And this isn't only ancient events. During Medieval Times a period from the 10th to 14th century was marked by a trend in global temperature rise similar to today. Don't think you can blame that on greenhouse gases.

We're a chunk of rock orbiting in a vacuum around a giant ball of fire. That's not an exact thermostat. I think expecting constant temperature is asking a bit much of the universe. Like Dennis Miller said I'm shocked that I don't wake up one morning and it's 10 thousand degrees.

I just think that automatically blaming global warming on humanity on a planet that was routinely going back and forth between ice ages and world wide tropical weather for eons before we ever good old Homo Sapiens ever decided to come out of the trees and walk upright is jumping the gun a bit.

If anyone is treating this as a simple issue, in all honesty, it's you. Do you really think that people who argue for, say, the Kyoto Protocol don't take these things into account? Any decent article on the subject or any Al Gore movie, discusses all the points you've raised.
quote:

[QB
Also I need to point out that back in the 60s and 70s the big scare by environmentalists was global cooling, with many people convinced we were heading back into another ice age. [/QB]

In discussions of evolution, do you need to mention Piltdown man? I'm not sure why past errors have any bearing on current science. Can you explain this need?
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Joe Bentley
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No but at the end of the argument they still are ready to jump to the conclusion that it just has to be mankind doing it, when given the huge gaps that you seem to agree with have in our knowledge concerning long time climatology we can only make a barely educated guess.

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"Existence has no pattern save what we imagine after staring at it for too long." - Rorschach, The Watchmen

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Steve
Happy Holly Days


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quote:
Originally posted by Joe Bentley:
No but at the end of the argument they still are ready to jump to the conclusion that it just has to be mankind doing it, when given the huge gaps that you seem to agree with have in our knowledge concerning long time climatology we can only make a barely educated guess.

I argued that climatology is complicated, and that anyone serious about global warming knows that. To go from that to saying that I seem to admit to huge gaps in our knowledge is a remarkable stretch. But, I'll grant you, there are gaps in our knowledge. I can't imagine that anyway thinks our knowledge of the climate to be perfect. So any predictions about the future of the climate are imperfect, certainly, but to call them "barely educated guess[es]" seems to be a great exageration.
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Ganzfeld
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quote:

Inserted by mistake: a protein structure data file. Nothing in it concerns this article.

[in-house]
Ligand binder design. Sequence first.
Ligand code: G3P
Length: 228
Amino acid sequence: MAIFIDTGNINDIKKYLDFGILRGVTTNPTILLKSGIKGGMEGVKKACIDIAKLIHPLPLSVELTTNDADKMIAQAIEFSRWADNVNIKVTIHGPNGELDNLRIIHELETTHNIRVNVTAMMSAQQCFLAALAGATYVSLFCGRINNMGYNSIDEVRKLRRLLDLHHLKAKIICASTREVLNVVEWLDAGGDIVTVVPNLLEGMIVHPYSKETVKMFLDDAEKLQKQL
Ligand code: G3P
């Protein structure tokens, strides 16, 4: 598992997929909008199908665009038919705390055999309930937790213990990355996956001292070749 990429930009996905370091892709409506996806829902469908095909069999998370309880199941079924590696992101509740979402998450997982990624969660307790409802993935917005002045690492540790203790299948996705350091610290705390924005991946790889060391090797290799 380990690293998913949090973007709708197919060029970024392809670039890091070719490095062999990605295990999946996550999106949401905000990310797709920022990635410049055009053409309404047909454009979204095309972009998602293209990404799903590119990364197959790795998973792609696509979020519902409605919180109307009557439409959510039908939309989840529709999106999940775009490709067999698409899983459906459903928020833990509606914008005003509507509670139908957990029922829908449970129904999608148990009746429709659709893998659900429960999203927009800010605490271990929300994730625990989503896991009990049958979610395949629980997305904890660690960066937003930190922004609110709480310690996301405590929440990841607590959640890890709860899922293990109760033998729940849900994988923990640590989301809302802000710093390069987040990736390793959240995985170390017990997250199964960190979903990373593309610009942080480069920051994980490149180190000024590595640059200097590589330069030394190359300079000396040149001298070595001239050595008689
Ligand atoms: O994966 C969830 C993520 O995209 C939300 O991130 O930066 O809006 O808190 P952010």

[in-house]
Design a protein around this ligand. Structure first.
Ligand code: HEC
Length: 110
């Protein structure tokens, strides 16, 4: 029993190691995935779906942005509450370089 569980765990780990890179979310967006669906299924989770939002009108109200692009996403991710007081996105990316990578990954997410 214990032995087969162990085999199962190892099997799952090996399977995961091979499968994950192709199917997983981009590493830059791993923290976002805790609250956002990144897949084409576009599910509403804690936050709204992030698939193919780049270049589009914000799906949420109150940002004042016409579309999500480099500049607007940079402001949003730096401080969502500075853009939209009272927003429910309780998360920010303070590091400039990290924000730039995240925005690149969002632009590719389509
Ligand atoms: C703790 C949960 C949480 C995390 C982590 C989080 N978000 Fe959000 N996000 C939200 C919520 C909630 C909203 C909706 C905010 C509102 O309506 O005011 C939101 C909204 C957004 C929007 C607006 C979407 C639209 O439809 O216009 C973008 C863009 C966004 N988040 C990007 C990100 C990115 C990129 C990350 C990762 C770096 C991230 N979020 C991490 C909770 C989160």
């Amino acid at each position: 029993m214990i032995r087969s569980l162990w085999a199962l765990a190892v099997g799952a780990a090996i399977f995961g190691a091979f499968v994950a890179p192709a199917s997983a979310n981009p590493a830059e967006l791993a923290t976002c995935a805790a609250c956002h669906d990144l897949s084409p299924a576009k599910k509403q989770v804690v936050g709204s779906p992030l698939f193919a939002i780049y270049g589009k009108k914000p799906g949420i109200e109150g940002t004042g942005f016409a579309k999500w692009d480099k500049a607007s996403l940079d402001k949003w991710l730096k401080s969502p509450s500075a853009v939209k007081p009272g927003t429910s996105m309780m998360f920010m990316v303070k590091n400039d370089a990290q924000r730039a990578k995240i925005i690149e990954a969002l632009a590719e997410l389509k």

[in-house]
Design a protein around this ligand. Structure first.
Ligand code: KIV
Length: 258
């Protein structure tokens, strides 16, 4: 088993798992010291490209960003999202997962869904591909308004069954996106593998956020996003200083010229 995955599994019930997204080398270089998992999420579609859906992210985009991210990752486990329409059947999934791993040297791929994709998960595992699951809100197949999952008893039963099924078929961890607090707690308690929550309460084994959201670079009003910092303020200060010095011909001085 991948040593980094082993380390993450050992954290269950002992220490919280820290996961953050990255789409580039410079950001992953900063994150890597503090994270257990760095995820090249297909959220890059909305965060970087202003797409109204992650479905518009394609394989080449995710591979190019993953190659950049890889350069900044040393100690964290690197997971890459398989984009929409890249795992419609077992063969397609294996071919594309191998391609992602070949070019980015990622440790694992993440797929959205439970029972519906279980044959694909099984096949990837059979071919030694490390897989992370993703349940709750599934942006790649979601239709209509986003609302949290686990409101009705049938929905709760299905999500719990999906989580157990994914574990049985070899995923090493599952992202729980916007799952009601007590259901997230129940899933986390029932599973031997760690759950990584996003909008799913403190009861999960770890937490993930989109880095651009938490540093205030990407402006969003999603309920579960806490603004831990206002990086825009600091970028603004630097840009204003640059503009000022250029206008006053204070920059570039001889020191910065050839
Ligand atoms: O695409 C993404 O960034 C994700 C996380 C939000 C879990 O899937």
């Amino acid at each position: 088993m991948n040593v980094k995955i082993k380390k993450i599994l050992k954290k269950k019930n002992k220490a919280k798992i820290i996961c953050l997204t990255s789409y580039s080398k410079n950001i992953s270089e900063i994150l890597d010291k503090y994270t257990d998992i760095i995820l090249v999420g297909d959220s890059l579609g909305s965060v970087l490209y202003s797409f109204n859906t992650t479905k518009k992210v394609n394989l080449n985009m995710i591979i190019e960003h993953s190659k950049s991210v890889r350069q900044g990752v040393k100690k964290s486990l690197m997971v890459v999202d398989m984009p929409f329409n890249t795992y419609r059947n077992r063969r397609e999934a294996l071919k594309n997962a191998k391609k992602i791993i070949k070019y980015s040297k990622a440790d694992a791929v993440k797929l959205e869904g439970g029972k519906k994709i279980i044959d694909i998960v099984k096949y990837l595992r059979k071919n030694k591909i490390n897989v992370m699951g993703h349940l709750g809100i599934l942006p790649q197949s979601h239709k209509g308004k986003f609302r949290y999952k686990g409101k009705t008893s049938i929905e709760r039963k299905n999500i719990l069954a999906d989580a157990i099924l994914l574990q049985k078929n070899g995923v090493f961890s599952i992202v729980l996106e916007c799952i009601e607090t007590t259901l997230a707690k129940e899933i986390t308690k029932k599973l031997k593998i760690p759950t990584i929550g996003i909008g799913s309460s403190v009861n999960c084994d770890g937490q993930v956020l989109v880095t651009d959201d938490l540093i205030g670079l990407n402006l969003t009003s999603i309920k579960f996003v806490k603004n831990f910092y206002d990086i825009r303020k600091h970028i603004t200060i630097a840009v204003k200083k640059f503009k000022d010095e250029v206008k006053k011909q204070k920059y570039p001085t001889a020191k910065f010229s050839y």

Originally posted by Joe Bentley:
No but at the end of the argument they still are ready to jump to the conclusion that it just has to be mankind doing it, when given the huge gaps that you seem to agree with have in our knowledge concerning long time climatology we can only make a barely educated guess.

Who is "they"? Please quote one reputable scientist who has jumped to the conclusion that "mankind is doing it".

Almost every report I've heard or read about the human influence on climate as been reasoned and thoughtful, considering a huge range of possibilities, with a bleak picture of the future, but one based on the best science. I can sum up the opposition's schoolyard argument in four words: "But you don't know that." One side provides mountains of evidence and the other side usually nibbles at the very edges of the evidence, never really taking any big bites out of it. Then they act as if it is wrong to present any evidence at all about this problem.

Let's be honest, anyway. Many of the Americans who oppose the hypothesis do so because they think the Earth is only a few thousand years old or they think that some messiah is going to rescue them before anything bad happens to the Earth.

If one scientist could give good evidence that the current warming is not induced by humans he would at least get published, and would certainly be lauded by the naysayers. Where are all those papers? Are all the climate scientists in the world in on the conspiracy to get money for climate science (a real fortune, I'm sure [Roll Eyes] )? Bull.

Ten years ago, I was on the fence too. Some scientists were saying "We have to wait a few more years to see if the models are correct." During the ten years since, the climate change observed has followed the predictions of the average models very closely. Over time, this is looking more and more like the evolution debate: Some people will never accept the idea that human activity can influence global climate and no evidence wil ever convince them. A hundred years from now, when our descendants are living with the worst consequences, they'll be saying it was divine punishment for allowing gay people to marry or some such ****.

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Rhiandmoi
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Ganzfield, was that a board censor?

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I think that hyperbole is the single greatest factor contributing to the decline of society. - My friend Pat.

What is .02 worth?

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Ganzfeld
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quote:
Originally posted by Rhiandmoi:
Ganzfield, was that a board censor?